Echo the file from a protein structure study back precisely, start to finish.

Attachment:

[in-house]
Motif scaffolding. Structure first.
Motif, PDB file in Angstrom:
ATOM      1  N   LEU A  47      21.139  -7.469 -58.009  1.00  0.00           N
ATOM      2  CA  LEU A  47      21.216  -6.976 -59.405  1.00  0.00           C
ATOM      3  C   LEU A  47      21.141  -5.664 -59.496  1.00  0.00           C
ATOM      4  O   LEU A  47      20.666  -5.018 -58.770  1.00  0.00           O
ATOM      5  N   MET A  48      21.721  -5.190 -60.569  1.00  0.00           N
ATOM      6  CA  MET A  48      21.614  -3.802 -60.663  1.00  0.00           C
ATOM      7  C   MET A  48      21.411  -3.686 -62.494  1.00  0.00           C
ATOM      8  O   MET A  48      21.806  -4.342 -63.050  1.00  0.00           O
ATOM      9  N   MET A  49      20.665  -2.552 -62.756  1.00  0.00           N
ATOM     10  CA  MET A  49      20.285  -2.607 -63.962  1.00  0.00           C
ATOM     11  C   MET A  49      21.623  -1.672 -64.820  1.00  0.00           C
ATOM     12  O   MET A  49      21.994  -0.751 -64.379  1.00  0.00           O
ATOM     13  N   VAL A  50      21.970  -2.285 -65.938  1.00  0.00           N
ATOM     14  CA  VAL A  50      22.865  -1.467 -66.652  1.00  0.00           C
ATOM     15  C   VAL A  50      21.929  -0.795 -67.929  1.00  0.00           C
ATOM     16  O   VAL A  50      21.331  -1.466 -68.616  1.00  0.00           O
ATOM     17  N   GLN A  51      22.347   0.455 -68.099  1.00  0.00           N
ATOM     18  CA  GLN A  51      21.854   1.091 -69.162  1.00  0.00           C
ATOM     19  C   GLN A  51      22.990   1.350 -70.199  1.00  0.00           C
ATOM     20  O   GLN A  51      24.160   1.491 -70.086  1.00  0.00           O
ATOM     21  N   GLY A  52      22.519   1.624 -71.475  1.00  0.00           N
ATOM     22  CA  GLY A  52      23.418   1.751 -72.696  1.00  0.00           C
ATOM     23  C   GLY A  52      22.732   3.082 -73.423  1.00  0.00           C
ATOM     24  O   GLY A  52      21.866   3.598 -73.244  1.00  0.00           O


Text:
[in-house]
Motif scaffolding. Structure first.
Motif, PDB file in Angstrom:
ATOM      1  N   LEU A  47      21.139  -7.469 -58.009  1.00  0.00           N
ATOM      2  CA  LEU A  47      21.216  -6.976 -59.405  1.00  0.00           C
ATOM      3  C   LEU A  47      21.141  -5.664 -59.496  1.00  0.00           C
ATOM      4  O   LEU A  47      20.666  -5.018 -58.770  1.00  0.00           O
ATOM      5  N   MET A  48      21.721  -5.190 -60.569  1.00  0.00           N
ATOM      6  CA  MET A  48      21.614  -3.802 -60.663  1.00  0.00           C
ATOM      7  C   MET A  48      21.411  -3.686 -62.494  1.00  0.00           C
ATOM      8  O   MET A  48      21.806  -4.342 -63.050  1.00  0.00           O
ATOM      9  N   MET A  49      20.665  -2.552 -62.756  1.00  0.00           N
ATOM     10  CA  MET A  49      20.285  -2.607 -63.962  1.00  0.00           C
ATOM     11  C   MET A  49      21.623  -1.672 -64.820  1.00  0.00           C
ATOM     12  O   MET A  49      21.994  -0.751 -64.379  1.00  0.00           O
ATOM     13  N   VAL A  50      21.970  -2.285 -65.938  1.00  0.00           N
ATOM     14  CA  VAL A  50      22.865  -1.467 -66.652  1.00  0.00           C
ATOM     15  C   VAL A  50      21.929  -0.795 -67.929  1.00  0.00           C
ATOM     16  O   VAL A  50      21.331  -1.466 -68.616  1.00  0.00           O
ATOM     17  N   GLN A  51      22.347   0.455 -68.099  1.00  0.00           N
ATOM     18  CA  GLN A  51      21.854   1.091 -69.162  1.00  0.00           C
ATOM     19  C   GLN A  51      22.990   1.350 -70.199  1.00  0.00           C
ATOM     20  O   GLN A  51      24.160   1.491 -70.086  1.00  0.00           O
ATOM     21  N   GLY A  52      22.519   1.624 -71.475  1.00  0.00           N
ATOM     22  CA  GLY A  52      23.418   1.751 -72.696  1.00  0.00           C
ATOM     23  C   GLY A  52      22.732   3.082 -73.423  1.00  0.00           C
ATOM     24  O   GLY A  52      21.866   3.598 -73.244  1.00  0.00           O